For readers who just want to understand the basic argument, the papers by David Glass9 (Ulster University) and Mats Wahlberg10 (Umeå University) provide good commentary on the structure of the argument. Glass’ paper focuses on the issue of conjunctive explanations, whereas Wahlberg focuses on the philosophy of religion and the problem of evil. Zachary Ardern’s introduction also provides a good overview of the discussion.11
Regarding the scientific evaluation of the argument, the workshop featured papers by Peter Jeavons12 (on the design of evolutionary algorithms and the possible relevance for biological evolution), as well as Denis Alexander13 (focusing on the meaning of “randomness” in nature and its compatibility with design). Both papers end up being quite supportive of the scientific portions of the book, and even greatly extend the arguments regarding evolutionary algorithms and randomness.
The most critical perspectives were offered by Meghan Page14, pressing the problem of bad design and philosophical issues on conjunctive explanations, and Bethany Sollereder.15 Sollereder, although supportive of the general argument, presents the (un)reliability of human intuitions, the potential reducibility of life’s information to the environment and the theological problems of the language of “design” as potential critiques.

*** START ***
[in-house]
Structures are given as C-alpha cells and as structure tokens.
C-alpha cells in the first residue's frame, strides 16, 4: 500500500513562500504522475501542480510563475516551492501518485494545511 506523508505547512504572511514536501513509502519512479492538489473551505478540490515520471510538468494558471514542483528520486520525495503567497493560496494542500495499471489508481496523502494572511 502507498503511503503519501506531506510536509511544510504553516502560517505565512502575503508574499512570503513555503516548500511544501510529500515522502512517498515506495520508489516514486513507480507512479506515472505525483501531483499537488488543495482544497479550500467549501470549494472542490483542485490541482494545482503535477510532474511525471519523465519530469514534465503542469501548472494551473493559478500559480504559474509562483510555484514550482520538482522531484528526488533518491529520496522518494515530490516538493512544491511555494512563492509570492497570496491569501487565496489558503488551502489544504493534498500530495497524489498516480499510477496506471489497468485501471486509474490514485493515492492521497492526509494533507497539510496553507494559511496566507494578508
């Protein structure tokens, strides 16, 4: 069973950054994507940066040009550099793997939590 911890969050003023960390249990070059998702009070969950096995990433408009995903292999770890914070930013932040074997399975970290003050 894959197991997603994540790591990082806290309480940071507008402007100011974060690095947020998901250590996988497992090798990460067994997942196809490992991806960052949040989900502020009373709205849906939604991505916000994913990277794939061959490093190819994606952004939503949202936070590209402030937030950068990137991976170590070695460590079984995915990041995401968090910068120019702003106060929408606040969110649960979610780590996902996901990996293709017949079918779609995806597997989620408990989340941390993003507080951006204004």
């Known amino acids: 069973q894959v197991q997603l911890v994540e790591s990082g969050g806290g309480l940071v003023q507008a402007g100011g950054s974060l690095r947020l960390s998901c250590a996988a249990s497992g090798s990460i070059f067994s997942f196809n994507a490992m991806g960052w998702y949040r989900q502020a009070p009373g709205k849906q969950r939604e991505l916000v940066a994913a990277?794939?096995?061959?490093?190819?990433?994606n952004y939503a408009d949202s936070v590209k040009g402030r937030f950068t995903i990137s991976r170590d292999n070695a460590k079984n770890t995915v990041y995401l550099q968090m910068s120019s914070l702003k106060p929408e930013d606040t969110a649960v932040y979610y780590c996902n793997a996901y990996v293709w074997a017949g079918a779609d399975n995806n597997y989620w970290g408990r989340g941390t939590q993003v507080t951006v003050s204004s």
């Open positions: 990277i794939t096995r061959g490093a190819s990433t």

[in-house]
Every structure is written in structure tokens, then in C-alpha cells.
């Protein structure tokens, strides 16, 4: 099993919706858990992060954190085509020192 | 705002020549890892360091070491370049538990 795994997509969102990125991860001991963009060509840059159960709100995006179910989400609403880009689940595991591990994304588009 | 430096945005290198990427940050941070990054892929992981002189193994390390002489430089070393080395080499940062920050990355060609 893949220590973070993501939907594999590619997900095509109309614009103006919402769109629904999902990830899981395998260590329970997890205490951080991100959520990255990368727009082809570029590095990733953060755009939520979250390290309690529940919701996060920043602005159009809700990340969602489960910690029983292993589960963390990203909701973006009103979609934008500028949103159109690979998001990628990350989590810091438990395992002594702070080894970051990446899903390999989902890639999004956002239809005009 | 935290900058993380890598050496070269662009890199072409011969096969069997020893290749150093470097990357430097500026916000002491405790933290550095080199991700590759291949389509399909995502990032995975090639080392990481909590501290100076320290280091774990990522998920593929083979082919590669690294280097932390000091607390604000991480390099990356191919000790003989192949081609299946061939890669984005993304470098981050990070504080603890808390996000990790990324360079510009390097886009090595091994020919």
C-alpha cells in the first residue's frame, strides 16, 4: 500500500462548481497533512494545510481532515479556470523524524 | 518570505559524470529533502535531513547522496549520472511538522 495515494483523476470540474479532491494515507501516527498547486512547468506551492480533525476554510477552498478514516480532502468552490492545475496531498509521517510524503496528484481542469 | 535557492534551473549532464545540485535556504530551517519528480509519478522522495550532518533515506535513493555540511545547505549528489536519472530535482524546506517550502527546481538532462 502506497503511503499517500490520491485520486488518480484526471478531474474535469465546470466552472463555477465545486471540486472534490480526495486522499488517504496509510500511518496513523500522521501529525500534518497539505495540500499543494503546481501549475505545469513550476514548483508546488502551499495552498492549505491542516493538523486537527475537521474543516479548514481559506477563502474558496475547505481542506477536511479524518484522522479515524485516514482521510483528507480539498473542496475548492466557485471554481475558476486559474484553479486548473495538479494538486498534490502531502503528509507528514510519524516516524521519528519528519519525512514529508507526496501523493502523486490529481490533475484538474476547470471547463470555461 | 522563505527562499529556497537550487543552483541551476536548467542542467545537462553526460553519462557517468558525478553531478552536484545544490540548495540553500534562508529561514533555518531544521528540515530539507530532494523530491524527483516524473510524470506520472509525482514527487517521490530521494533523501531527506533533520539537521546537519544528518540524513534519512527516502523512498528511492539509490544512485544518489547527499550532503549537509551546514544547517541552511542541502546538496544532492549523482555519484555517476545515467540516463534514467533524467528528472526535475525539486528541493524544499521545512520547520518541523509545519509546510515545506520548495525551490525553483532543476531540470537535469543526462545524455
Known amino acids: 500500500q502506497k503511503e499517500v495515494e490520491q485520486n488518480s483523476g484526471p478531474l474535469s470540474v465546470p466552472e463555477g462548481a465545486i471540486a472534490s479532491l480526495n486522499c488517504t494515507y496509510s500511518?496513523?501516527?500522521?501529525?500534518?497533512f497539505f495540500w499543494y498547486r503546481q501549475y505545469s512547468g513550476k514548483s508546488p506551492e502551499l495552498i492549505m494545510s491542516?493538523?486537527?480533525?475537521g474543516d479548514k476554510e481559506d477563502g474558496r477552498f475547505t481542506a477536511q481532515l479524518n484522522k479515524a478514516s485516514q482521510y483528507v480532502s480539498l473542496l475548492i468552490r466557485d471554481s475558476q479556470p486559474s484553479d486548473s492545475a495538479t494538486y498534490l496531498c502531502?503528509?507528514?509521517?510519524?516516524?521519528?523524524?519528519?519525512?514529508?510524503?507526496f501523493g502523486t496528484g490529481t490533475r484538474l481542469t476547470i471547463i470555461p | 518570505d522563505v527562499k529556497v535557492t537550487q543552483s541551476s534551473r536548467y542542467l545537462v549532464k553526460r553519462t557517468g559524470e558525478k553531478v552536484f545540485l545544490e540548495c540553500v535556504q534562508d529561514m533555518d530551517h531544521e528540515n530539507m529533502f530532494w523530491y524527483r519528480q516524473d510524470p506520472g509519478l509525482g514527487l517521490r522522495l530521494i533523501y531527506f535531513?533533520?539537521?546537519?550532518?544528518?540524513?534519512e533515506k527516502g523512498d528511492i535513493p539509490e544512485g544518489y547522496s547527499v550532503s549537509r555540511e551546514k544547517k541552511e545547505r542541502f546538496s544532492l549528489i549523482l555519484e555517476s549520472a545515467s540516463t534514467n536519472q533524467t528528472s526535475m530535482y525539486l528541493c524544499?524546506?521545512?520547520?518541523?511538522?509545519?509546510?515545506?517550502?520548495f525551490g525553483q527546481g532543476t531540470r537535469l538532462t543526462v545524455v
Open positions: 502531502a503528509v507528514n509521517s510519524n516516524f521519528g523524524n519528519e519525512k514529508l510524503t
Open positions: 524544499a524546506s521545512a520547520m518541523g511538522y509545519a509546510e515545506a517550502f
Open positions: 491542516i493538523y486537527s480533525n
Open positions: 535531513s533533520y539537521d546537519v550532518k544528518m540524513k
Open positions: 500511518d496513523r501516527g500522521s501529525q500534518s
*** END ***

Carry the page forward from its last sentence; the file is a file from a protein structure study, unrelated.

The Future of Design
I am very grateful to all of the respondents for their work in evaluating the arguments, and have responded to their comments in my own article in the Zygon issue.16 I note that “the pushback against design arguments mostly related to concerns about design arguments in general, rather than about the compatibility of design arguments and evolution as such” and point out ways in which both scientific, philosophical and theological research could help evaluate and defend the argument further. For example, scientifically, I believe this account of design could motivate further research into questions regarding the fine-tunedness of the genotype-phenotype map and fitness landscapes.